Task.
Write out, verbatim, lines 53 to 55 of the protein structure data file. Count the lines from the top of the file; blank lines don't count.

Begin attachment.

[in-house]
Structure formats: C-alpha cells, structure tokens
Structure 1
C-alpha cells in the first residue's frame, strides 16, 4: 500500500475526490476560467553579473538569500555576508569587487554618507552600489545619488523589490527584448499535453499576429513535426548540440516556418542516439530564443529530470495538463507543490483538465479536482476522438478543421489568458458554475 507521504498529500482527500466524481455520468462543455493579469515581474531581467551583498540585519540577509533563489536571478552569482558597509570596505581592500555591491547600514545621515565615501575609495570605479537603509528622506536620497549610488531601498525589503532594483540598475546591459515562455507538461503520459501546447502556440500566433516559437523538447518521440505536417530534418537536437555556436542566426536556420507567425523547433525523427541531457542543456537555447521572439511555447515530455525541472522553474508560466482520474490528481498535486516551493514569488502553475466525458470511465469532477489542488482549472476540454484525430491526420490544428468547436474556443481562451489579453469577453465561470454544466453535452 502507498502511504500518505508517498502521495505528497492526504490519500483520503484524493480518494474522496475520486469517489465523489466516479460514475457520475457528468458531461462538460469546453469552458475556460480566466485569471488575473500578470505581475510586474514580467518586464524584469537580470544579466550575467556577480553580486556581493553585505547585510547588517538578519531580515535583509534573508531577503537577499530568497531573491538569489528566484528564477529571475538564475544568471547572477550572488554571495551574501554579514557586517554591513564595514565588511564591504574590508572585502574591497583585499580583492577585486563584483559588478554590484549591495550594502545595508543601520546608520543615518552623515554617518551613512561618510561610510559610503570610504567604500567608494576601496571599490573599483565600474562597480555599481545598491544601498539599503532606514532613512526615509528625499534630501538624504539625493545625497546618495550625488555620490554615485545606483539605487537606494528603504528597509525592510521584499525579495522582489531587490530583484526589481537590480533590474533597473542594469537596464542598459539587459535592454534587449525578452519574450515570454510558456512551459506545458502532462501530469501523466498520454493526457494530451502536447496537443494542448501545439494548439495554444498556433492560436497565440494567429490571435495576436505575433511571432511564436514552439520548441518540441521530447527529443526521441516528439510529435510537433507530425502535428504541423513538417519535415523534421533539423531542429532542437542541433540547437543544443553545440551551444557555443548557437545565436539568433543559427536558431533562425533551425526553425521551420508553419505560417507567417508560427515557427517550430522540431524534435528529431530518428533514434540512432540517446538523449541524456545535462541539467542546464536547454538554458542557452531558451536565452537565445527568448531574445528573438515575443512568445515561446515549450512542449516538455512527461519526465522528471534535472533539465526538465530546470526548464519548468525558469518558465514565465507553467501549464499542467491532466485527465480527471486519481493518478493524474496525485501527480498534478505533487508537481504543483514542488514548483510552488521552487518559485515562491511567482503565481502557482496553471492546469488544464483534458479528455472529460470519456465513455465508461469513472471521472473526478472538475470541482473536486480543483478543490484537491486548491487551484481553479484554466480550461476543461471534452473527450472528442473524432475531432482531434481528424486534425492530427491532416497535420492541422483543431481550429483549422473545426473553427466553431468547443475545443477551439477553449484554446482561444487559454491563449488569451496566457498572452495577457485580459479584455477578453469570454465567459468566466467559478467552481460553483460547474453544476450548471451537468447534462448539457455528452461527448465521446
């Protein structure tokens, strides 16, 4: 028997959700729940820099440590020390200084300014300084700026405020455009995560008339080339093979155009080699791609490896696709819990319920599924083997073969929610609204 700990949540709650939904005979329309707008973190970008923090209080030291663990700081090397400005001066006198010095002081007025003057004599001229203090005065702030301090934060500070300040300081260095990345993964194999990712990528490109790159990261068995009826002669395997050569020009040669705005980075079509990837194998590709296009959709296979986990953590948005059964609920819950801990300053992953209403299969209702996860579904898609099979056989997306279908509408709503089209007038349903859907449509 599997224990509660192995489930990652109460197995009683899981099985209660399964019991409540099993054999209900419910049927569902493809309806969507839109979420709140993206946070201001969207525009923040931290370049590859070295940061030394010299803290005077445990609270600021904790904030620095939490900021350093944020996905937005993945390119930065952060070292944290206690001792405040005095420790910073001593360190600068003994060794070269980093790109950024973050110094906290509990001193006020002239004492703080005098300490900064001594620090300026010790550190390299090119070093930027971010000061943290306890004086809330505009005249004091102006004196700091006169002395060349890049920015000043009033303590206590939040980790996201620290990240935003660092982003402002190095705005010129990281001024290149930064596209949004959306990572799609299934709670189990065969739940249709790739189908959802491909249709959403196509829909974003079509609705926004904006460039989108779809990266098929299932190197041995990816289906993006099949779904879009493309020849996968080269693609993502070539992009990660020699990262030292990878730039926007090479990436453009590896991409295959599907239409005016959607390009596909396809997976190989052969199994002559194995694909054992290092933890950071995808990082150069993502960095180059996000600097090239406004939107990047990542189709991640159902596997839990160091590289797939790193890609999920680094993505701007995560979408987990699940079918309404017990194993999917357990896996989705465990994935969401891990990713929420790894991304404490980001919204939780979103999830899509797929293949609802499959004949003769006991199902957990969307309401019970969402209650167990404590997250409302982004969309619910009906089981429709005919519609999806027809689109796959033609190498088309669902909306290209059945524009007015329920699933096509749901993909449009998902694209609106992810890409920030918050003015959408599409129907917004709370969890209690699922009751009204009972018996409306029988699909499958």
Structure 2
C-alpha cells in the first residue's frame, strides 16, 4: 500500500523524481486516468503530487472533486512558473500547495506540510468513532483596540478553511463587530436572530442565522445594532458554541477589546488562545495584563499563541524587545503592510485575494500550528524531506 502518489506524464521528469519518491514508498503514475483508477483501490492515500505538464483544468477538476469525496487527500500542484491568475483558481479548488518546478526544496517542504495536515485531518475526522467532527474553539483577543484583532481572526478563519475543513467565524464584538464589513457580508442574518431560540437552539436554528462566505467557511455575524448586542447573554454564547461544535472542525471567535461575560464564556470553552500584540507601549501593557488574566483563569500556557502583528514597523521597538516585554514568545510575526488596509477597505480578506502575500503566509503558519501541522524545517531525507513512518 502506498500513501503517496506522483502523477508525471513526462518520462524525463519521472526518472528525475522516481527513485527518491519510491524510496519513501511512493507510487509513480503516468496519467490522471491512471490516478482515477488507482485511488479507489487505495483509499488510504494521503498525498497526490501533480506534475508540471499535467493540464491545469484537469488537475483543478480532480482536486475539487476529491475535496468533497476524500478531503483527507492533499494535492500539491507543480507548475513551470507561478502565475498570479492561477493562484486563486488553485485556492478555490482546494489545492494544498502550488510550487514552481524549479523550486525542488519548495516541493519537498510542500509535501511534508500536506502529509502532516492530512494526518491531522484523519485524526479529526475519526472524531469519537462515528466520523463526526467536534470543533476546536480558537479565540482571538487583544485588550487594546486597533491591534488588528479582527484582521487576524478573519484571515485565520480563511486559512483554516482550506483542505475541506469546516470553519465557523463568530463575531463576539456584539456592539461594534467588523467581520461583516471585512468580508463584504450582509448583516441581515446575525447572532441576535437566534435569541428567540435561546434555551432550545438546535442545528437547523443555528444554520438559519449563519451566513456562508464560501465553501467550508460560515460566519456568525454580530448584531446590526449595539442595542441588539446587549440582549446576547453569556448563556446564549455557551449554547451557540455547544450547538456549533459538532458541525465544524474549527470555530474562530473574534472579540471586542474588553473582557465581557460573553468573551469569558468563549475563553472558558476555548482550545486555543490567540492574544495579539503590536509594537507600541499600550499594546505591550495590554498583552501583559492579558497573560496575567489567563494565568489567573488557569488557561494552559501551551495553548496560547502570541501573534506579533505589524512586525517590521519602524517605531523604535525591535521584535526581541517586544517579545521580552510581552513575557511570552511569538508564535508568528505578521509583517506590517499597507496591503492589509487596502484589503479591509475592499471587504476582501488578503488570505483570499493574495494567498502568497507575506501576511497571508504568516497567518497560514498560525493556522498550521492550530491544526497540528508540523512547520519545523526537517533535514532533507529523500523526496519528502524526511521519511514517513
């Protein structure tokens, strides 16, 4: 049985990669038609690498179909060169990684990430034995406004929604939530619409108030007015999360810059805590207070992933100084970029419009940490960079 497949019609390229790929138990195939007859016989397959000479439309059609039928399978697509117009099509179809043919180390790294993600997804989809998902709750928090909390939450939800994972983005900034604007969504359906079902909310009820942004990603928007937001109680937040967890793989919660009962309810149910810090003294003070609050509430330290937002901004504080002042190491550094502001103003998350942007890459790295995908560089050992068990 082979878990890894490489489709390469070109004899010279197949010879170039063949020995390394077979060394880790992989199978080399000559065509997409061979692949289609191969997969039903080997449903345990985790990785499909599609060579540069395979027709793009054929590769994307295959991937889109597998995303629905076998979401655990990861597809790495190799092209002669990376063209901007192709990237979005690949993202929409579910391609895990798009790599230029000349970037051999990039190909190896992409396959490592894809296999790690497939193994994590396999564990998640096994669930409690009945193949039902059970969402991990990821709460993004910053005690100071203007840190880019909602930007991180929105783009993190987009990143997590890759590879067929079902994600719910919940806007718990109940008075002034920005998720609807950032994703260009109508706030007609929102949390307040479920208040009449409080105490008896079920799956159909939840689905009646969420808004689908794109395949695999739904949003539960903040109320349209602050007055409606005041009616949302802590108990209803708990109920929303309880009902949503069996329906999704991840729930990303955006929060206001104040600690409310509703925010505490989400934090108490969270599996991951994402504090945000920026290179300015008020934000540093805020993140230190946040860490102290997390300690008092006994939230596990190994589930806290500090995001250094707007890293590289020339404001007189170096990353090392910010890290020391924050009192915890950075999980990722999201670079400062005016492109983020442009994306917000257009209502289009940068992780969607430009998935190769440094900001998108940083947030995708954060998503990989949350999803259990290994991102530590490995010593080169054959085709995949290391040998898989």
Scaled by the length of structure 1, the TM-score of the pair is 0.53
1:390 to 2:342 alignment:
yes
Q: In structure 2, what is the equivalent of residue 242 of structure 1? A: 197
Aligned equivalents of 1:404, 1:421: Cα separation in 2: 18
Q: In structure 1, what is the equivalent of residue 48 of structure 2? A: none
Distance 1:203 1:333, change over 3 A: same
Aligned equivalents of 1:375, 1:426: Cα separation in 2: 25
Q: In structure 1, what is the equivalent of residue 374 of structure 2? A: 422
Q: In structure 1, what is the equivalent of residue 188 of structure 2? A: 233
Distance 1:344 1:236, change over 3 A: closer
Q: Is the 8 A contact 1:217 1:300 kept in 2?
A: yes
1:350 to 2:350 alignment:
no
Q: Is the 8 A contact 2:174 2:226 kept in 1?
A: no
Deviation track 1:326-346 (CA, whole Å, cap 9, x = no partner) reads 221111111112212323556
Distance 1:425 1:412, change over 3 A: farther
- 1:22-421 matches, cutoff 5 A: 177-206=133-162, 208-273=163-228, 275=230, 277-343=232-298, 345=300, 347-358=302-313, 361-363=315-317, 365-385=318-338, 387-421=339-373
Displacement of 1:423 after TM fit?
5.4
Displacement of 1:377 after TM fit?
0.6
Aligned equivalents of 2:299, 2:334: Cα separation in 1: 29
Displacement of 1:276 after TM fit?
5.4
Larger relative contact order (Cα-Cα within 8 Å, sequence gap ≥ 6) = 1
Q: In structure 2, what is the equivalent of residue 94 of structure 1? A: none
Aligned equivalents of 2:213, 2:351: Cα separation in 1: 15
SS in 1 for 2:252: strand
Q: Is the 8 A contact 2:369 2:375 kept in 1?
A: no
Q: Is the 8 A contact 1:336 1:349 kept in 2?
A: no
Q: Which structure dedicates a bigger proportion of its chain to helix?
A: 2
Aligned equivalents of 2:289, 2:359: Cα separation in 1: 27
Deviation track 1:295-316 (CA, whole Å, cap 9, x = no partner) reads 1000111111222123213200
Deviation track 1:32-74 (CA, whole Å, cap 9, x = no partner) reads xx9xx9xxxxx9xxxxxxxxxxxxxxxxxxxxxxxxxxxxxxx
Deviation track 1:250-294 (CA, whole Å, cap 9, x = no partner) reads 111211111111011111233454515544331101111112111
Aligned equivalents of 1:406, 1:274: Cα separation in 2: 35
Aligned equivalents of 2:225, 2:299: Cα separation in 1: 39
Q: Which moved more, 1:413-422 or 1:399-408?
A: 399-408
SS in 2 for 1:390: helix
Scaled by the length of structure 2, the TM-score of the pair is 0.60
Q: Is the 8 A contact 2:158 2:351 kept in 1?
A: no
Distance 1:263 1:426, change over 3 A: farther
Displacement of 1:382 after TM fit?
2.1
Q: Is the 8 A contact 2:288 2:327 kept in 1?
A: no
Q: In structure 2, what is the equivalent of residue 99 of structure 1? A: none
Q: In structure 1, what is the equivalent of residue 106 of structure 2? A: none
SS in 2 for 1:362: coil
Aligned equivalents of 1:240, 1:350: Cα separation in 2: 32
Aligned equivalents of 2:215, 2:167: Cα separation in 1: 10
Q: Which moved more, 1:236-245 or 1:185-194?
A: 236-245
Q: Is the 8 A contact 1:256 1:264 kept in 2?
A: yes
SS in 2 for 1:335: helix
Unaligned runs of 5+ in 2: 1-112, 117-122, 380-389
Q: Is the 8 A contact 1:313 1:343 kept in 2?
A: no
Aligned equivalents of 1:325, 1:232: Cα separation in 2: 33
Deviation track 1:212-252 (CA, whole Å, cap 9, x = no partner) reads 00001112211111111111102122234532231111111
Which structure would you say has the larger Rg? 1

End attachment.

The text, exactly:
A: 399-408
SS in 2 for 1:390: helix
Scaled by the length of structure 2, the TM-score of the pair is 0.60